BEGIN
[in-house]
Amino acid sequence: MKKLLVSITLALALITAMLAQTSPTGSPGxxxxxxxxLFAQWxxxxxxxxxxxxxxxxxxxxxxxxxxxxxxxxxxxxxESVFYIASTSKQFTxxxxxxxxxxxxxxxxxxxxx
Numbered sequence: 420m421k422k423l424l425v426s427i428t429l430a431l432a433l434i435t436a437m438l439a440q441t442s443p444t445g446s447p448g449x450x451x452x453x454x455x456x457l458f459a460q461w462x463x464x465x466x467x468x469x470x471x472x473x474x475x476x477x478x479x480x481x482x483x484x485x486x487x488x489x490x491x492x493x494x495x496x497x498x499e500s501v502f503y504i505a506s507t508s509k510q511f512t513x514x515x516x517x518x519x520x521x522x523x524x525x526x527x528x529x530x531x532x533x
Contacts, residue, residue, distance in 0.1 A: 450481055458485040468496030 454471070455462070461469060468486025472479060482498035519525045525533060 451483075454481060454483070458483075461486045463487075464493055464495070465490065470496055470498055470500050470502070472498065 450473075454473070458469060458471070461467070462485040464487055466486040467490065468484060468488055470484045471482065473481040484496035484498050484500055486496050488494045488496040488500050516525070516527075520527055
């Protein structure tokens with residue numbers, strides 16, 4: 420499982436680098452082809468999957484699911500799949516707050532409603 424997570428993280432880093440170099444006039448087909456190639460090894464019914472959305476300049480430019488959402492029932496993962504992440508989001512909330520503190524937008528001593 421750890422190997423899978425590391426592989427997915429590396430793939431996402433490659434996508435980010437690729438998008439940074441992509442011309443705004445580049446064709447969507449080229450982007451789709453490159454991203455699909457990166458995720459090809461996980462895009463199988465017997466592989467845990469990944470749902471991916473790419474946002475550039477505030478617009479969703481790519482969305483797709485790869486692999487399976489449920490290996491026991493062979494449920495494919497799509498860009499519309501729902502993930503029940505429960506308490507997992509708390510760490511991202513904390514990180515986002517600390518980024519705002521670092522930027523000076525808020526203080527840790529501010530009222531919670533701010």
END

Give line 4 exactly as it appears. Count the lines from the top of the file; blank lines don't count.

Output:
Contacts, residue, residue, distance in 0.1 A: 450481055458485040468496030 454471070455462070461469060468486025472479060482498035519525045525533060 451483075454481060454483070458483075461486045463487075464493055464495070465490065470496055470498055470500050470502070472498065 450473075454473070458469060458471070461467070462485040464487055466486040467490065468484060468488055470484045471482065473481040484496035484498050484500055486496050488494045488496040488500050516525070516527075520527055